Water changes..

Discussion in 'Water Chemistry' started by devicore16, Aug 26, 2008.

  1. devicore16

    devicore16

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    I'd like to know how to do water changes... like do you just pre-mix the salt in water and instantly add it to the tank, or just let the water cycle first before adding it.. please tell it to me step by step, coz im new to this..for my 63 gallon reef,LPS & SPS, what maintenance should i do to make sure everythig will be in good shape, thanks!
     
    devicore16, Aug 26, 2008
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  2. devicore16

    dolphins8426

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    The general rule of thumb is to change 10-15 gallons of water per week. It's pretty simple. Make sure you use RO water. Eaither with your RO filtration or you can buy it at your lfs, never use tap water. Just mix the salt in a bucket and check with your hydrometer to make sure it is where you want it to be. I also have an extra pump and a heater I put in the bucket to make sure it is all dissolved and pretty close to the same temp in my main tank. I usally make my salt the night before and let it mix over night then recheck before my water change with my hydrometer to make sure everything is a ok. JMO
     
    dolphins8426, Aug 26, 2008
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  3. devicore16

    yote Ceritfied Mantis Hunter Moderator

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    Dolphins got it pretty well covered.
    Just start it mixing a day or 2 ahead of time.Just mix up enough for 10 to 20%.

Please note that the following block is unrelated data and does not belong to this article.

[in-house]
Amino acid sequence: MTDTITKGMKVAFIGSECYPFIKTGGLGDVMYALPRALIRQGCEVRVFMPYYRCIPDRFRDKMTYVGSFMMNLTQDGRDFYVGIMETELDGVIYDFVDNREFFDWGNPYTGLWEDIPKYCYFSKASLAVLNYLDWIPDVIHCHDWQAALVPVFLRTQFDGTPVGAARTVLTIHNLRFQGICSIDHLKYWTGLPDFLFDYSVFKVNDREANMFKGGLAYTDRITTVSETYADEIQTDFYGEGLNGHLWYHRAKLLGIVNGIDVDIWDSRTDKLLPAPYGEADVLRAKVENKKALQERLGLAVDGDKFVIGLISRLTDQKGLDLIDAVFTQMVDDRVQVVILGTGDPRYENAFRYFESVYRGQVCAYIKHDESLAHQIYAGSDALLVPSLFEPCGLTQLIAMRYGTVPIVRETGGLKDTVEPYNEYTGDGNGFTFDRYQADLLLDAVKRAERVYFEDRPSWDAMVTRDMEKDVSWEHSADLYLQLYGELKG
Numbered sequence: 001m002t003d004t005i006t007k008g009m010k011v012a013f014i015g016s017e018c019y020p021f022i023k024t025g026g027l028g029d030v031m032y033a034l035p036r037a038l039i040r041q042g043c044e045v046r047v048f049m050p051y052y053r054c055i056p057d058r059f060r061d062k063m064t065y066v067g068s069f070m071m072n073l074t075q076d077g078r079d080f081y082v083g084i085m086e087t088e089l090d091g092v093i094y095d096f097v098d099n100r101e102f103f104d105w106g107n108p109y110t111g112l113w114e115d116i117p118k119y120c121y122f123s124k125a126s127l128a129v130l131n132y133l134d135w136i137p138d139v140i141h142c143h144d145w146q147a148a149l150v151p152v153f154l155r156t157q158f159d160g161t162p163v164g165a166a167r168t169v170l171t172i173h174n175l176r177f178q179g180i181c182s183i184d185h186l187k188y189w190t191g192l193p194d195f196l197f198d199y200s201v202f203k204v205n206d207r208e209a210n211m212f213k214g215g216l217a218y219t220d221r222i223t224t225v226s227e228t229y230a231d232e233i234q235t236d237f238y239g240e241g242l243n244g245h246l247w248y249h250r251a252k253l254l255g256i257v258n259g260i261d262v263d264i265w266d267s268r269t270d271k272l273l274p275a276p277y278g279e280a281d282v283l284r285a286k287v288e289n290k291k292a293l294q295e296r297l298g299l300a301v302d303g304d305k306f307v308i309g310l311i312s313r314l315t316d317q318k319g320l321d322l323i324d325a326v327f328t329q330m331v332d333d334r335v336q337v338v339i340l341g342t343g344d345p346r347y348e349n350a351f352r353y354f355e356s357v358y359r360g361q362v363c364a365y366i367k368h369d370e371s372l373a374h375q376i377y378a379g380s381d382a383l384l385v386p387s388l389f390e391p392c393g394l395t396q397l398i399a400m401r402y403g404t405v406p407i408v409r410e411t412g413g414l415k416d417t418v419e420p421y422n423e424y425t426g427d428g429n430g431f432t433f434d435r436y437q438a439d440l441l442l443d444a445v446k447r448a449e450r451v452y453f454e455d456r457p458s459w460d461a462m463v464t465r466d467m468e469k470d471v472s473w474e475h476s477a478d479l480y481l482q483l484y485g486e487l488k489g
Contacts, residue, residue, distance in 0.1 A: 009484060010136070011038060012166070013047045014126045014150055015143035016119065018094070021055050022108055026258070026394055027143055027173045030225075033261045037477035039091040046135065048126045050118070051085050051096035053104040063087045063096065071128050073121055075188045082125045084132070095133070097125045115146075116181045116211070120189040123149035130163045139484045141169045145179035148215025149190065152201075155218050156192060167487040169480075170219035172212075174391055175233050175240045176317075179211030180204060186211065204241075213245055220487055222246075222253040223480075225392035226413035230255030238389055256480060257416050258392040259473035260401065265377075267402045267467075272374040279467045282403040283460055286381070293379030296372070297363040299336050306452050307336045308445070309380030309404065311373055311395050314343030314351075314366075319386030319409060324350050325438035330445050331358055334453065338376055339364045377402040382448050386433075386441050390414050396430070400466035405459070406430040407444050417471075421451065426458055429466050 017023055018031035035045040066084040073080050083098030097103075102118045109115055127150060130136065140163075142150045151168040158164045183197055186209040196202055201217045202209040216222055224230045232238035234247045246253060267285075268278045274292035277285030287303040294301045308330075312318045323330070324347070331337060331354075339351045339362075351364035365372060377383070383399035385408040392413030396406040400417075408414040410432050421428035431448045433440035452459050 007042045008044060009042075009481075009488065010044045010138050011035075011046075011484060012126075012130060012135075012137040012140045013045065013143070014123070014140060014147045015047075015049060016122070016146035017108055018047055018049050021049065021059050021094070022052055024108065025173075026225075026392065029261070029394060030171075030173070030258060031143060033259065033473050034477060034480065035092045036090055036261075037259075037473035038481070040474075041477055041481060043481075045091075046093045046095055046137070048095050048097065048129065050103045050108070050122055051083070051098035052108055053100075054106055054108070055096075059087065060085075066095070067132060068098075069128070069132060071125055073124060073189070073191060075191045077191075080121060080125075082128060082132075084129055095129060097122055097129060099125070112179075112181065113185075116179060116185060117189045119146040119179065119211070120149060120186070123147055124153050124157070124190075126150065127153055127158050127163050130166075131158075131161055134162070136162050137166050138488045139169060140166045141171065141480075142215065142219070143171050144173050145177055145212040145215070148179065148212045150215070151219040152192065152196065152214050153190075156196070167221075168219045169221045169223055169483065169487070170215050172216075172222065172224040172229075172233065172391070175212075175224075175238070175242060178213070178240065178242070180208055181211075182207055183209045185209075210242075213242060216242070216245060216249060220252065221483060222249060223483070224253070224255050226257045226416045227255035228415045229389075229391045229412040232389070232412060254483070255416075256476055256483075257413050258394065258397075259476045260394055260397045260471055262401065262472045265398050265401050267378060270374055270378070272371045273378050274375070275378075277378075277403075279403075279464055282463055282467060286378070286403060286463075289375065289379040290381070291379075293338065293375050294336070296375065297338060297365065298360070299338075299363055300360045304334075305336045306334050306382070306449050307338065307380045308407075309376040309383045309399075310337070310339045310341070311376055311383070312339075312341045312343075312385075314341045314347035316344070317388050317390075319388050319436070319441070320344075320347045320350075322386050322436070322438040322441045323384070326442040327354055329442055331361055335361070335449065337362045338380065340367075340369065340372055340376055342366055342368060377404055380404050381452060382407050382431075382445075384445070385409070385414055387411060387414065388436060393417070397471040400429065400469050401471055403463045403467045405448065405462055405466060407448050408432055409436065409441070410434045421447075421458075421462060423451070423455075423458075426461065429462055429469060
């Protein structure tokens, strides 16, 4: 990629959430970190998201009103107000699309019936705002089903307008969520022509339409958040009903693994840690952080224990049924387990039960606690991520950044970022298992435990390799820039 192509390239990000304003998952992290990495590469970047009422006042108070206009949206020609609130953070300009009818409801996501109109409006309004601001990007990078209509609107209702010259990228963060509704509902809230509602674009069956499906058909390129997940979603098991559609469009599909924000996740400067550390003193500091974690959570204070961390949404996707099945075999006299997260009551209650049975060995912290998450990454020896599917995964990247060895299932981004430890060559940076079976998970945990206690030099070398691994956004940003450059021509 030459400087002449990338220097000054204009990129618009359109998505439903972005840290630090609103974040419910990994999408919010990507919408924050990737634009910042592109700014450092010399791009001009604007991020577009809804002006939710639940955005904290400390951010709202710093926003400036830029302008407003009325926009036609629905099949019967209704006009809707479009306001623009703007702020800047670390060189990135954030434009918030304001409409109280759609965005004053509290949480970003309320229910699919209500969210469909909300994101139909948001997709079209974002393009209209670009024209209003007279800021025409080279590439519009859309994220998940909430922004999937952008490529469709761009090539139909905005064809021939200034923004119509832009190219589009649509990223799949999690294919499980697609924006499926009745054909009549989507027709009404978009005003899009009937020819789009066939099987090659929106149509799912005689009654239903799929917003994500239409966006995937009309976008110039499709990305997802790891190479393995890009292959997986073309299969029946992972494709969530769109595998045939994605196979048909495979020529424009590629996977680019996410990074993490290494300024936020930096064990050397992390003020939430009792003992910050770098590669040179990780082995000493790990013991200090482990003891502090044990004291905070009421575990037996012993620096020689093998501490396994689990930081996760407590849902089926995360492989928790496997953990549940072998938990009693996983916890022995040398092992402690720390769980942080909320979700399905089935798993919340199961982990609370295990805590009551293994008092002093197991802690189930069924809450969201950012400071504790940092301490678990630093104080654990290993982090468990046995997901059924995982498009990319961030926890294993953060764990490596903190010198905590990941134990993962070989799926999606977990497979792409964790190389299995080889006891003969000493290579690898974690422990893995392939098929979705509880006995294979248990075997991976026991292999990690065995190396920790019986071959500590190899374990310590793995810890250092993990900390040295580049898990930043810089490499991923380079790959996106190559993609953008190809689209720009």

yote, Aug 26, 2008
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  4. devicore16

    Ryan

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    My first water change was a 10%. Then I did a 20%. I premixed the water and salt and let it sit for some time until it was totally disolved. Make sure your water is the correct temp before going into your tank.
     
    Ryan, Aug 27, 2008
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  5. devicore16

    lightcs4 Loving to learn

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    I do 10% a week. It seems to keep everything going pretty well.
     
    lightcs4, Aug 27, 2008
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  6. devicore16

    SSalty Team Liquid Force

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    A brute 35 gallon garbage container is your best friend when doing water changes.
     
    SSalty, Aug 27, 2008
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  7. devicore16

    devicore16

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    thanks for the feedbacks guyS! REALLY appreciated it! but i wonder is it possible to use tap water for water change but treating it first.. like puting anti chlorine stuffs, etc..
     
    devicore16, Aug 27, 2008
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  8. devicore16

    lightcs4 Loving to learn